AT&T U-verse subscribersOne of AT&T’s primary motivations for buying DirecTV was to get better deals on programming costs, and as AT&T Senior Executive John Stephens revealed today, those savings are big – bigger than many of us probably expected. DirecTV was paying an average of $17 less per month for content than AT&T was paying for U-verse customers, noted Stephens at the Goldman Sachs 24th Annual Communacopia Conference, which was also webcast. 

U-verse Content Costs
Multiply the average $17 savings by six million U-verse video customers yields monthly savings of $100 million. And as contracts come up for renegotiation on an ongoing basis, there is an opportunity to get even better pricing reflecting the combined clout of both the DirecTV and U-verse base, Stephens said. It’s not entirely clear how and if AT&T will be able to extract all of these savings for their existing U-verse TV customers, given how complicated the programming rights contracts process can be. Safe to say, AT&T does have added leverage though.

He added that AT&T believes it can provide growth opportunities to content providers through its “integrated carrier model” based on landline and wireless that will enable customers to consume content “any time anywhere on any device.”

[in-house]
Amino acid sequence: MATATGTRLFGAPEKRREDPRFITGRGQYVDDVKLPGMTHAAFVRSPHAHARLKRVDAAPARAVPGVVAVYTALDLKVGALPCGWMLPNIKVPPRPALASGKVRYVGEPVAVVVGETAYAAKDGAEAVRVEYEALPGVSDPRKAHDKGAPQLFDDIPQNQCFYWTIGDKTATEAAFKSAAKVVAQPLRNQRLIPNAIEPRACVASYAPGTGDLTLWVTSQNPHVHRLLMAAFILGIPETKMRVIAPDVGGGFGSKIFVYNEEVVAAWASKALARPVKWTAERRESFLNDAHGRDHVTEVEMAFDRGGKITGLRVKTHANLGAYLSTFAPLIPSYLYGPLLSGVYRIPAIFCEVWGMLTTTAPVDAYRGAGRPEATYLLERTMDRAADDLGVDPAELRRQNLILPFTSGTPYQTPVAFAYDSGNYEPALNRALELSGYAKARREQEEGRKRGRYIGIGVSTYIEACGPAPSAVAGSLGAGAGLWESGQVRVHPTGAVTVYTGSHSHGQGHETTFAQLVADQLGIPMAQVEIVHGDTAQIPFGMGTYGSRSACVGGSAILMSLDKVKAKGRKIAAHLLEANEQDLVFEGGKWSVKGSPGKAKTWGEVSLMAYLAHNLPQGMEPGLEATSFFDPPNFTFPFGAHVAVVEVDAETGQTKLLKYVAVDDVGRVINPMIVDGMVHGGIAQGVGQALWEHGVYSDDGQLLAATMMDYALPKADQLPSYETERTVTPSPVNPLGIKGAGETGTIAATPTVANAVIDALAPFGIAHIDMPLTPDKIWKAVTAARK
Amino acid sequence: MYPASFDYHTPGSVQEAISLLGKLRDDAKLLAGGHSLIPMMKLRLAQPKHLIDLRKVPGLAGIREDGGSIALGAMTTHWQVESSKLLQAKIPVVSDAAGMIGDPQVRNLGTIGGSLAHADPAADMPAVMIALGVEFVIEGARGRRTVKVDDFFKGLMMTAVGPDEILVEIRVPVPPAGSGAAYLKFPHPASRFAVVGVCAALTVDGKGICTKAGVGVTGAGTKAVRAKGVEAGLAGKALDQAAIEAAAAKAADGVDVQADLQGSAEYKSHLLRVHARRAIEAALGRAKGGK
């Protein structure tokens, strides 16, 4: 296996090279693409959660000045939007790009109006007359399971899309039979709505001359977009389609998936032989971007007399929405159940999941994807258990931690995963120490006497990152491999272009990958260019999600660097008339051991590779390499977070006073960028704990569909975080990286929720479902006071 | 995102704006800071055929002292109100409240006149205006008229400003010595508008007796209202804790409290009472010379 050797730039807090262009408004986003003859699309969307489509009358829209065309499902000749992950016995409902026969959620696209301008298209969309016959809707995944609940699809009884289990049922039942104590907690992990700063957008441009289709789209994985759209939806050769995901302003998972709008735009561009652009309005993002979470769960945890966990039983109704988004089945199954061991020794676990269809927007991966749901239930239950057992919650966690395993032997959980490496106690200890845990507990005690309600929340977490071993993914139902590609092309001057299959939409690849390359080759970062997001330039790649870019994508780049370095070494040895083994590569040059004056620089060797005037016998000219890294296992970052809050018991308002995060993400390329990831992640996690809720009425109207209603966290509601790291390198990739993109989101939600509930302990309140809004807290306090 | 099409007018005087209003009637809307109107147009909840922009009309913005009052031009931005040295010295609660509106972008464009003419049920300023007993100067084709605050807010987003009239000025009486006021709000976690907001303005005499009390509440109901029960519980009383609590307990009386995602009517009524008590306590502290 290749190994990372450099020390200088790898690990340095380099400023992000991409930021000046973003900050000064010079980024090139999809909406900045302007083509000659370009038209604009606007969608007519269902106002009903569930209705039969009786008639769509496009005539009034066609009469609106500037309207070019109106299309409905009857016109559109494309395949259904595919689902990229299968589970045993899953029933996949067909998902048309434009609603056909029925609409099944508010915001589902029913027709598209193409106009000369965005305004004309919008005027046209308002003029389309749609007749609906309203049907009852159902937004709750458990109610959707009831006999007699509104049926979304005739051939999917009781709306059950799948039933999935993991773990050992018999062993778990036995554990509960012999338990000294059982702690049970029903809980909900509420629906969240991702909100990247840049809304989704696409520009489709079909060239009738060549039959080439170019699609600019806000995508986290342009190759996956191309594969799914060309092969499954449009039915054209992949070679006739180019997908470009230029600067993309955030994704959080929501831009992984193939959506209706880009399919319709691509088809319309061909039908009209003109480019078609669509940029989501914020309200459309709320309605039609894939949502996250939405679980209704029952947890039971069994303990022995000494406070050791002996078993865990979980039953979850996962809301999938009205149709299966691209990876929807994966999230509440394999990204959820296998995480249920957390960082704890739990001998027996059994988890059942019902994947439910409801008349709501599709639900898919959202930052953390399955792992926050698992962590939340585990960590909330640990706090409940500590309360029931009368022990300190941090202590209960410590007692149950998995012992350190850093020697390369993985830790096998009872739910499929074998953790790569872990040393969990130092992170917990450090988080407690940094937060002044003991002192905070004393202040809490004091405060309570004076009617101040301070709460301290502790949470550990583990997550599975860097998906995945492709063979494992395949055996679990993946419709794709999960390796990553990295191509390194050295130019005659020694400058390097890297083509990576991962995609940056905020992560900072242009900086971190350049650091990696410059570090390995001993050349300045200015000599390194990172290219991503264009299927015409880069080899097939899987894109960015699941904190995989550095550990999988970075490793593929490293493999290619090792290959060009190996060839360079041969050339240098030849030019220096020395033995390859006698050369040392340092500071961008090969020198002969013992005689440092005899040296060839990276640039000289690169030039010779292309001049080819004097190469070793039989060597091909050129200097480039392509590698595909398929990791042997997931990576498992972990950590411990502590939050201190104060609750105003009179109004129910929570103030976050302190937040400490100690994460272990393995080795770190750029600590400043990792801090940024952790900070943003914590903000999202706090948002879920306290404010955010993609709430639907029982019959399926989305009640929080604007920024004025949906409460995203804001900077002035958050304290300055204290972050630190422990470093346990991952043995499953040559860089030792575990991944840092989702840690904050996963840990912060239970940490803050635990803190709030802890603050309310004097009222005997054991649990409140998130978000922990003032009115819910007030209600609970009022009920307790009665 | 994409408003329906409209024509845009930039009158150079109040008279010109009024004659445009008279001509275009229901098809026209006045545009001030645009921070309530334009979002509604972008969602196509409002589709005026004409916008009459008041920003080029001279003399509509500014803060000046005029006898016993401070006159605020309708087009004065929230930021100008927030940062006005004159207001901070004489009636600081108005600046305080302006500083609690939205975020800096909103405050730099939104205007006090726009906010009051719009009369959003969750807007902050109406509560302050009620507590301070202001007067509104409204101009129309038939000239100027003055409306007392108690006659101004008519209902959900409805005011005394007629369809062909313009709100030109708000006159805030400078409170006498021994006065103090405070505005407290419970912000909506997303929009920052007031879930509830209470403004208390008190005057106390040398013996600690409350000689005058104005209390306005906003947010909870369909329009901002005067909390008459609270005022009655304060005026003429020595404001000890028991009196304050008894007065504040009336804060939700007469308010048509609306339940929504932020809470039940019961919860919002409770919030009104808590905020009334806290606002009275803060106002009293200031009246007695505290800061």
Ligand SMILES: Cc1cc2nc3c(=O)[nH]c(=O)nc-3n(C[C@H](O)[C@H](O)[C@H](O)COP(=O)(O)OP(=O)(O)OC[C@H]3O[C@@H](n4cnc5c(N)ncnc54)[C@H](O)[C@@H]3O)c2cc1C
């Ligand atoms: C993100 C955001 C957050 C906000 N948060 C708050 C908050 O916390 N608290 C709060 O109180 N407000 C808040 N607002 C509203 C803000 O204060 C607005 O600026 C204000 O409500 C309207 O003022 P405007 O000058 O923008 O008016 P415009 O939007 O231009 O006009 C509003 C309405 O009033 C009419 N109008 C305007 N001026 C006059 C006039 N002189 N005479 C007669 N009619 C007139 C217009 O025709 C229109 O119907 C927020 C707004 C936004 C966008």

Lower content costs are just one of numerous benefits that AT&T sees as a result of the DirecTV acquisition.

Stephens noted, for example, that AT&T has:

  • 21 million wireless customers who don’t buy DirecTV
  • 3 million DirecTV customers in areas where U-verse high-speed broadband is available who do not subscribe to that service
  • 57 million homes in its local service territory that could get AT&T broadband, including 30 million that did not previously have a video product available from AT&T

As Telecompetitor previously reported, AT&T already has begun to pursue cross-selling opportunities with DirecTV. Stephens said the company has been cross-training salespeople and technicians on the full product portfolio.

He also took the opportunity to put in a pitch for software defined networking, an initiative that has been top of mind with AT&T of late. He noted, for example, that the company believes its capital expenses as a percentage of revenue will decrease in the future because of network efficiencies generated by SDN.